From Tom Bearden’s website:
One of the real pioneers in early application of causal positron energy
was inventor Edwin Gray of Van Nuys California. In WW II Gray learned
of radar during his tour in the U.S. Navy, having previously attended
advanced engineering school in the Army until discovered to be under
age (15) and discharged.
After the war, by 1958 he had learned to
perform what he called "splitting the positive", using “cold electrical
energy” as well as the normal positive electrical energy. His first
motor was operating by 1961. Preparing to put units into production, in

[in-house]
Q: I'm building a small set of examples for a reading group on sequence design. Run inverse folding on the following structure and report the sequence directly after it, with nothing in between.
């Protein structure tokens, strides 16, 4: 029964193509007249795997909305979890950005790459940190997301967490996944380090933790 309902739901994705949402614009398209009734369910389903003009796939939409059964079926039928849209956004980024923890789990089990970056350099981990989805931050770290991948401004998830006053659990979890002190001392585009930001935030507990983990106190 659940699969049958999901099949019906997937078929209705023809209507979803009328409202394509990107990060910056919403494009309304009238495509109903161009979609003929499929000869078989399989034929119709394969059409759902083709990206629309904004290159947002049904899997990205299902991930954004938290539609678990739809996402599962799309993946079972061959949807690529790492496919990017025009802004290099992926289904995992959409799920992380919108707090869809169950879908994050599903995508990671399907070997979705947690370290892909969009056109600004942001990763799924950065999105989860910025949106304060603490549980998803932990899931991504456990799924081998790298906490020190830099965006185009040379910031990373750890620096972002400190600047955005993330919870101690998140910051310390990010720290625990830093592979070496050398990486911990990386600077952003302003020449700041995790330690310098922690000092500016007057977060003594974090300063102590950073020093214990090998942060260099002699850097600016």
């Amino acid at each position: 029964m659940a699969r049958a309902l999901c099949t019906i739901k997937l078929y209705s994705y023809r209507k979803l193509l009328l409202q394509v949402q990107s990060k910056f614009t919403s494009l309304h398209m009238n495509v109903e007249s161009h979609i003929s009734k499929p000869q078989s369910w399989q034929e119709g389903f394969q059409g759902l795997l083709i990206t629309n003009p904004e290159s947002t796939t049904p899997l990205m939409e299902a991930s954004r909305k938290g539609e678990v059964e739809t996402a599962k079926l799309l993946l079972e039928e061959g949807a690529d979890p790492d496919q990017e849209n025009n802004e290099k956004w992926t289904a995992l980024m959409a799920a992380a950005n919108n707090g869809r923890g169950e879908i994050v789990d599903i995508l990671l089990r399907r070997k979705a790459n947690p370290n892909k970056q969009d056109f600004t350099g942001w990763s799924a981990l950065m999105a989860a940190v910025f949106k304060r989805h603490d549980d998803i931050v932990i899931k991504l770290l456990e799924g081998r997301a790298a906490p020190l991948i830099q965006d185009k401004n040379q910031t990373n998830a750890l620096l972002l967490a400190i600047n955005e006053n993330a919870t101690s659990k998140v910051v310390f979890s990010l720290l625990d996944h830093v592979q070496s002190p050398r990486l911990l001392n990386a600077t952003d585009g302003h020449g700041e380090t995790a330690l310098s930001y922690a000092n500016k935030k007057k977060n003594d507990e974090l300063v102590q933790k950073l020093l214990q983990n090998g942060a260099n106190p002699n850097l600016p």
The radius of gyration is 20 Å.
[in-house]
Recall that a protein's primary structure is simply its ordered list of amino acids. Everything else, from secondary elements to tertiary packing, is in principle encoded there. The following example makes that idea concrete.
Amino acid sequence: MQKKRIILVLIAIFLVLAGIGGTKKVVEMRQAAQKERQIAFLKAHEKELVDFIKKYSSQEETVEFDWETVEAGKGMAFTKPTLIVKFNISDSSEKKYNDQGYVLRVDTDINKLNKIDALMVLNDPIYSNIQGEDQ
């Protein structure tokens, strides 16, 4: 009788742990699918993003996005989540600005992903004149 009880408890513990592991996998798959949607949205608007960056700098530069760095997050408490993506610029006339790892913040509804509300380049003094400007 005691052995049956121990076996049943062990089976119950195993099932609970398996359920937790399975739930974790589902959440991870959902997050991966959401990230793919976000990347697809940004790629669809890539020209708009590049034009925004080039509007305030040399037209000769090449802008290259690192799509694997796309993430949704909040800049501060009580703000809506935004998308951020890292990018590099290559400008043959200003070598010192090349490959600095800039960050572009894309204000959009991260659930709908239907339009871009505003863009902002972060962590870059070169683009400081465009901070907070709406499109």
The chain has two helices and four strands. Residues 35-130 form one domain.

1974 the Los Angeles District Attorney confiscated all Gray’s records
and prototypes. To escape bogus charges, Gray later pleaded guilty to
two minor infractions and was released. His prototypes were never
returned. After several mishaps, moves, and more prototypes, Gray died
in Nevada under mysterious circumstances in April 1989.
Link: Edwin Gray’s OU machine.